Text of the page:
Once the court documents and verifies the parents’ income, the timeshare percentage is factored in. For example if one parent spends less time (and consequently, money) on their child, they will be expected to pay more towards their child through child support. 

Considering all of the information above, the court will calculate the final amount to be paid by one of the parents. To review a rough estimate of how much you can expect to pay, a child support calculator can be used.

How Child Support Is Enforced in California

The California Department of Child Support Services (DCSS) employs various mechanisms to enforce child support orders and hold noncustodial parents accountable for their financial obligations. Enforcement measures include income withholding, where child support payments are automatically deducted from the noncustodial parent’s paycheck by their employer and sent directly to the California State Disbursement Unit.

Additionally, the state can intercept tax refunds, suspend driver’s licenses, and report delinquent parents to credit bureaus. Other enforcement tools include placing liens on property, seizing bank accounts, and initiating contempt of court proceedings for noncompliance.

When Does Child Support End in California?

In California, child support typically ends when the child reaches the age of 18 and has graduated from high school. However, if the child is still attending high school full-time, child support may continue until the age of 19. Additionally, child support may continue beyond these ages if the child is incapacitated or disabled and unable to support themselves.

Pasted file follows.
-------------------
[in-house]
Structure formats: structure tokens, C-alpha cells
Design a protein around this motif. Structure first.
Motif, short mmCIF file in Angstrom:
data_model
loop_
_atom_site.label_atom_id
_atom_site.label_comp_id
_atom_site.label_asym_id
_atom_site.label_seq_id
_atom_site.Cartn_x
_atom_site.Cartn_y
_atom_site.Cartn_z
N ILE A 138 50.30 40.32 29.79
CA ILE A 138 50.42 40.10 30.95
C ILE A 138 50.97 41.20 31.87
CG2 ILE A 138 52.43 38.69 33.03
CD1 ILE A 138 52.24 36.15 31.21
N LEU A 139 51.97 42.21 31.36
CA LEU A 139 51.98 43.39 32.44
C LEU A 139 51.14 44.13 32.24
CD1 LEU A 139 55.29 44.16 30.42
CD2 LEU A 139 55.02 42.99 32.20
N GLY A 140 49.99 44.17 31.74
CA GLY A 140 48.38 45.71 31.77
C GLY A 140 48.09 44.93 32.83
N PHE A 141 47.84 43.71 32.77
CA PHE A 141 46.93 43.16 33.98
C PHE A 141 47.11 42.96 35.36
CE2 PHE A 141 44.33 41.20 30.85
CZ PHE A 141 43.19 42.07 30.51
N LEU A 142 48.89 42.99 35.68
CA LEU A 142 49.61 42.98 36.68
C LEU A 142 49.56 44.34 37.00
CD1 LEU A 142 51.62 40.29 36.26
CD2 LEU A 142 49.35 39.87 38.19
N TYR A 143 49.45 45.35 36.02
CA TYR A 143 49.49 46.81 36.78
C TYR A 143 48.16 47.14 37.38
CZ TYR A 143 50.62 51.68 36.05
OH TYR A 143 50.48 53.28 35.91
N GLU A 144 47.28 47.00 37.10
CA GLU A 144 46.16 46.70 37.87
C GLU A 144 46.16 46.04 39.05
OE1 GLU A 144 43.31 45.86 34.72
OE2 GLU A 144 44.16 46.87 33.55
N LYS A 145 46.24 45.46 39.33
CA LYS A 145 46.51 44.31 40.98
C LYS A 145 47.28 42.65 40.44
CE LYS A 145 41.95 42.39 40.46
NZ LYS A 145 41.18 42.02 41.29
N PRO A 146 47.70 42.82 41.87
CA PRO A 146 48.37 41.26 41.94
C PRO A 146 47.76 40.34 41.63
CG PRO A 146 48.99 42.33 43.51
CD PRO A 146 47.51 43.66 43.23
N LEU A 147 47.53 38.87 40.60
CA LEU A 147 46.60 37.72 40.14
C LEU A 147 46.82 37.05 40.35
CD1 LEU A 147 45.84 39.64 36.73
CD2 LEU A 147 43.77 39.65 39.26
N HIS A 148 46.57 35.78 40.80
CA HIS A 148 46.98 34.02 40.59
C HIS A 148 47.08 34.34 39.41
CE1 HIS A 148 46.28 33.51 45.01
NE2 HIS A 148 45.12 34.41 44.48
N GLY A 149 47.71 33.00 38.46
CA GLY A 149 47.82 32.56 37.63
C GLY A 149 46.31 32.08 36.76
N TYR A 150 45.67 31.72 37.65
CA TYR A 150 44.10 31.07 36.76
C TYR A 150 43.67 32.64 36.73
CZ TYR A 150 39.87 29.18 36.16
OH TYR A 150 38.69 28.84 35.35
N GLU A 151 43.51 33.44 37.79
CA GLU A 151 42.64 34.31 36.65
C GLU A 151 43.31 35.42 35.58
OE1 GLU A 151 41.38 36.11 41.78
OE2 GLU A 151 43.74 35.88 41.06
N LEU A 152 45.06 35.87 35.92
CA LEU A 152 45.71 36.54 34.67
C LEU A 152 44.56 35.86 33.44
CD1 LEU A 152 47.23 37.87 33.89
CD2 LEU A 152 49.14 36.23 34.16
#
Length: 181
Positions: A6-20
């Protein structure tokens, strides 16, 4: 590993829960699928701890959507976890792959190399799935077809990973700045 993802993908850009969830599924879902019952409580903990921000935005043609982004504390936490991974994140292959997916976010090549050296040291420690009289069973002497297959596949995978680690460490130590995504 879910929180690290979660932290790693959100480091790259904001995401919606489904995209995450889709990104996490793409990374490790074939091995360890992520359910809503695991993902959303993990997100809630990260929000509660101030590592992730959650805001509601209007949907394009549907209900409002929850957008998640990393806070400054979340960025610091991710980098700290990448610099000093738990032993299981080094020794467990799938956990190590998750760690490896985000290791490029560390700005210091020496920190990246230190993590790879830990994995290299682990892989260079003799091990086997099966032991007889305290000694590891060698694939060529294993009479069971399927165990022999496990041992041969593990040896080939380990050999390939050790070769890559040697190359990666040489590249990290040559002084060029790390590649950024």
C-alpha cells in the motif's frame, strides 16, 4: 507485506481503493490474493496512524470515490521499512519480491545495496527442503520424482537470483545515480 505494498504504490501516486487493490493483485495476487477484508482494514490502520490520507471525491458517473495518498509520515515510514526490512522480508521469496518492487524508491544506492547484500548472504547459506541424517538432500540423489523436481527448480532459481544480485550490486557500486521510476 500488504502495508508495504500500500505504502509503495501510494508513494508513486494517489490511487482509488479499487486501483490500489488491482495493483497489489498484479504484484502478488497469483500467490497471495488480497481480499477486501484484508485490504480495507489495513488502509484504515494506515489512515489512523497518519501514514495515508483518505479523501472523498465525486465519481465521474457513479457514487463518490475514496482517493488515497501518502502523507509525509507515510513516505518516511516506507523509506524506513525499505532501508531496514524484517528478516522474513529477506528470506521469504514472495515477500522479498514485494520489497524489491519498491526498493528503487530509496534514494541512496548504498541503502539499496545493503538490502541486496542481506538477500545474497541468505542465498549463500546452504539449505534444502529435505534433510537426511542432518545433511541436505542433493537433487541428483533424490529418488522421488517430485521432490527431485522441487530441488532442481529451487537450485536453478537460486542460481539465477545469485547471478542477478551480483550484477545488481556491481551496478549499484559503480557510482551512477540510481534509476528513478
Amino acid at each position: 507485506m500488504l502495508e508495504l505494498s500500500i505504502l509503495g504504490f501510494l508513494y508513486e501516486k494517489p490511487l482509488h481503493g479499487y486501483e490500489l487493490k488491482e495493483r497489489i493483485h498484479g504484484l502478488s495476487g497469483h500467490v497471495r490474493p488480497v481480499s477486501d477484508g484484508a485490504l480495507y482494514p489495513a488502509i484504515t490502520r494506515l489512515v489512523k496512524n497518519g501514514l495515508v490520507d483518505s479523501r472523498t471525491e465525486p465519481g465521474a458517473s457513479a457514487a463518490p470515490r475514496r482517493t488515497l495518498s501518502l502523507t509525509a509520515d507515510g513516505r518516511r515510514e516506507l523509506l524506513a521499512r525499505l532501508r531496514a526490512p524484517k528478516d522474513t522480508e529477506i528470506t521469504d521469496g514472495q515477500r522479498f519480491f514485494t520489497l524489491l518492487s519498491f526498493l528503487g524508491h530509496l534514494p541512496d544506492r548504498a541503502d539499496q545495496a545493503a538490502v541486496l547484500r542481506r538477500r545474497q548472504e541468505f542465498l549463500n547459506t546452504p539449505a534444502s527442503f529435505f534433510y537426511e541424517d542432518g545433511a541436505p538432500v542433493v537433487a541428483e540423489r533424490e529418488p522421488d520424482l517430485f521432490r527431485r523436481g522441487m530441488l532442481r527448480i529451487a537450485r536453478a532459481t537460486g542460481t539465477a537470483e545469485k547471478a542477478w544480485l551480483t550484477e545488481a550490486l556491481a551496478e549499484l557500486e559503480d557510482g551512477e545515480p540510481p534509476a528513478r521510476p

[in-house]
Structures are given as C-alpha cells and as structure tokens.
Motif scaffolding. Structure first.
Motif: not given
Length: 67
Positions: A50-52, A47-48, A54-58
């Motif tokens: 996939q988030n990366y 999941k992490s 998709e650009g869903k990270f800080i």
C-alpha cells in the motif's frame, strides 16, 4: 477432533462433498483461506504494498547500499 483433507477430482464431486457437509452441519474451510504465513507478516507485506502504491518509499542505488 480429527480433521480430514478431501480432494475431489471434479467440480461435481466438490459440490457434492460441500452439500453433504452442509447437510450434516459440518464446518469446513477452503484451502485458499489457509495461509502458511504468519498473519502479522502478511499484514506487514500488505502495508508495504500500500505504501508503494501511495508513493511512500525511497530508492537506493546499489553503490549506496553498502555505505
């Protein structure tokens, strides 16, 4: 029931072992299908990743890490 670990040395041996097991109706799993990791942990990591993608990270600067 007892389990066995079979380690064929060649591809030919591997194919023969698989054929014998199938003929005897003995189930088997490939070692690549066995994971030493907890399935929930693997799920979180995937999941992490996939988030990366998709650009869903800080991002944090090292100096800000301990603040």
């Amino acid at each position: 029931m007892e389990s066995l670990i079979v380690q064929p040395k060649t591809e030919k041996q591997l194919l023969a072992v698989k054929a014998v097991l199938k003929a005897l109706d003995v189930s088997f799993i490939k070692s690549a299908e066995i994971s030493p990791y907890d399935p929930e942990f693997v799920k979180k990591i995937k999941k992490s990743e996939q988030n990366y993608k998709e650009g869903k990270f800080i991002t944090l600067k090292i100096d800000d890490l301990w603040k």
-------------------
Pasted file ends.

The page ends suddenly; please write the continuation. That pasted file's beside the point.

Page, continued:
It’s important to note that child support orders may specify a different end date based on individual circumstances or agreements between the parents. Once the child support obligation ends, the paying parent is no longer required to make payments unless otherwise specified by a court order or agreement.

What Should I Do If I Have Questions about Child Support?

So, is child support considered income? The answer according to the IRS is no. But when it comes to determining how much the court will order you to pay based on your income, accurately representing your financial position in court, and challenging enforcement methods used by the DCSS, you’ll almost certainly need the help of a skilled divorce attorney who is familiar with family law.

Pinkham & Associates is an experienced and compassionate family law firm that has been serving Orange County for over 25 years. Our team prides itself on our effective ability to represent our clients in the often challenging and confusing family court system. If you need help with a divorce or child support hearing or simply have questions about your particular case, call our firm at (714) 730-0111 or use our online contact form.


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If you are ready to hire an experienced and dedicated divorce and family law attorney in Orange County, California, call Pinkham & Associates now to speak to Doug Pinkham personally. Your initial consultation is free, and we will be happy to provide some free legal advice and help you determine whether we are indeed the right family law firm to represent you.